Specifications

  • Universal
  • 2009, Color, Rated PG-13, 1 Hr 49 min
  • Aspect Ratio: 1.85:1
  • 1080p
  • Codec: Not Specified
  • English 5.1 DTS-HD Master Audio
  • Starring Aaron Eckhart and Jennifer Aniston
  • Directed by Brandon Camp
    Rating
  • Entertainment:
  • Video:
  • Audio:
  • Extras:
  • Violence: No
  • Sex: No
  • Language: Mild

Commentary

Despite being fairly predictable, I enjoyed this movie far more than I expected to.  The story moves along well and both Eckhart and Aniston turn in solid performances.  I didn’t sense all that much chemistry between the two leads, but Ryan’s internal struggle is the crux of this story, not the relationship.  This is definitely one of the better “date night” movies I’ve seen in recent years.

Technical

I was absolutely floored by the introductory scene where Ryan is slicing some lemons.  The clarity, image depth, color, and contrast were simply fantastic.  I felt like I could reach out and grab a lemon through the screen.  The rest of the movie doesn’t look quite this good, but is still of a high standard.  The 5.1 DTS-HD Master Audio soundtrack was merely average, with little use of the surrounds or LFE channel.  Dialogue was clear and well balanced with the rest of the soundtrack.

Extras

There are deleted scenes, a feature commentary, and a featurette on how CGI was used to create some of the movie backgrounds (which are pretty obvious when you watch the film).  The disc is also BD-Live enabled.


"Smokin Aces" (Blu-ray) - Reviewed by Chris Heinonen

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Synopsis

Buddy "Aces" Israel (Jeremy Piven) is a Las Vegas magician who has gotten a little too into the mafia lifestyle and now finds himself way over his head. Hiding out in a penthouse in a Lake Tahoe hotel. The head of a mafia family has put out a hit on him for $1 Million Dollars and this has brought out all sorts of assassins looking to collect on that bounty. At the same time, the FBI is trying to convince him to give himself up to them for all the information he has on the crime family, so they can put him into protective custody before someone else can get to him.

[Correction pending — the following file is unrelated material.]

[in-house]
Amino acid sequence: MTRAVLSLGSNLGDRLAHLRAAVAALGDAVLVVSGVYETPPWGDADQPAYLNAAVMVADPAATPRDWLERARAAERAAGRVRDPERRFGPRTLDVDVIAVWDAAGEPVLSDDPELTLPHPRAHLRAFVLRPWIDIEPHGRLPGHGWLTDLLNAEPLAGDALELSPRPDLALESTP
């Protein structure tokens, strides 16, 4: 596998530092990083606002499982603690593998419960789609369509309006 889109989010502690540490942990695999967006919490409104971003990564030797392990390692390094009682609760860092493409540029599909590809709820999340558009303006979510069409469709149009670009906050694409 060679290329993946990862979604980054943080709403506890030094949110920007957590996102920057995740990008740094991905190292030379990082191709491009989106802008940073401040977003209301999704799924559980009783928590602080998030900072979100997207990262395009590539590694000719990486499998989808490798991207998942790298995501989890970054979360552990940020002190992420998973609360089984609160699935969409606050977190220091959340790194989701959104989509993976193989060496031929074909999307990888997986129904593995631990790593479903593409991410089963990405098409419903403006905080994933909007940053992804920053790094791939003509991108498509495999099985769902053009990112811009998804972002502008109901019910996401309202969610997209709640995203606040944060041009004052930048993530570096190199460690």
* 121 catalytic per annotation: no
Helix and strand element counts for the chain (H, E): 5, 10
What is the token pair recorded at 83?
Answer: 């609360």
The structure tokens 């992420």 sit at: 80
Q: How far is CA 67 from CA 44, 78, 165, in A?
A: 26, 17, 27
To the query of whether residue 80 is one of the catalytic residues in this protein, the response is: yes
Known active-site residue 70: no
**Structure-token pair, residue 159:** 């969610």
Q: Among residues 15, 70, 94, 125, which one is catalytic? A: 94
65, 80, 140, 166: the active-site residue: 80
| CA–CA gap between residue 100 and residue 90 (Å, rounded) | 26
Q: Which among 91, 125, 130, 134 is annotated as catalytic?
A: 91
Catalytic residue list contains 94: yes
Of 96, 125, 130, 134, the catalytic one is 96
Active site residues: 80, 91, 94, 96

Specifications

  • Universal
  • 2006, Color, Rated R, 1 Hr 39 min
  • Aspect Ratio: 2.35:1
  • 1080p
  • Codec: VC-1
  • English 5.1 DTS-HD Master Audio
  • Starring Jeremy Piven, Andy Garcia, Ryan Reynolds
  • Directed by Joe Carnahan
    Rating
  • Entertainment:
  • Video:
  • Audio:
  • Extras:
  • Violence: Graphic
  • Sex: Nudity
  • Language: Bad

Commentary

Smokin' Aces looked to be the kind of fun distraction that would help pass the time while a snowstorm trapped us inside this winter. Unfortunately, the movie was constructed in a way far different than I would have liked. The first 30 minutes of the film are basically spent introducing the large cast of characters and setting up the back story, which is important to do, but I'd prefer if they let some of this information develop more naturally instead of the very direct way in which it was done.

Once everyone arrives in Lake Tahoe and the action begins to pick up, the film gets more exiting and more enjoyable, though unfortunately this only lasts for around 30-45 minutes of the film. I won't go into details so as not to ruin the film for anyone that does watch it, but the ending left me a bit disappointed, and during many of the bits you could see that they were trying to set themselves up for a sequel if the movie did well. I was just hoping for more action overall, as that was when the movie succeeded, but there was too much downtime during which the movie falls apart a bit.

Technical

The picture for Smokin' Aces was fantastic overall. There is some very fine film grain present, but overall the picture is very detailed, and even with some very stylistic cinematography at points, it never seems to lose the dark blacks and good contrast that is present. The soundtrack was certainly a high point of the film, especially in the action sequences. Bullets fly all around your head, and you are placed directly in the middle of a shootout. Action movies are certainly great for showing off the lossless audio on Blu-ray, and this was no exception.

Extras

Smokin' Aces features a directors commentary along with the editor, and a second track featuring the director with some of the stars of the film as well. There are also featurettes giving you the lineup of characters in the film (and there are quite a few characters), showing the stunts and special effects, outtakes, deleted scenes, and even an alternate ending.


"Pride and Prejudice" (Blu-ray) - Reviewed by Chris Heinonen

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Synopsis

Pride and Prejudice is the classic novel from Jane Austen set at the turn of 18th century England. Following Elizabeth Bennett (Keira Knightly), one of five daughters, all of whom their mother is eager to marry off before their father dies, as their estate will be turned over to their cousin, Mr. Collins. While her sisters seem to be infatuated with the goal of meeting a man and being married as soon as possible, Elizabeth seems unconcerned with the idea unless she is truly in love with the person. When as a ball they meet Mr. Bingley and Mr. Darcy, her sister Jane is instantly taken with Mr. Bingley while Elizabeth wants nothing to do with Mr. Darcy after she overhears him commenting on her.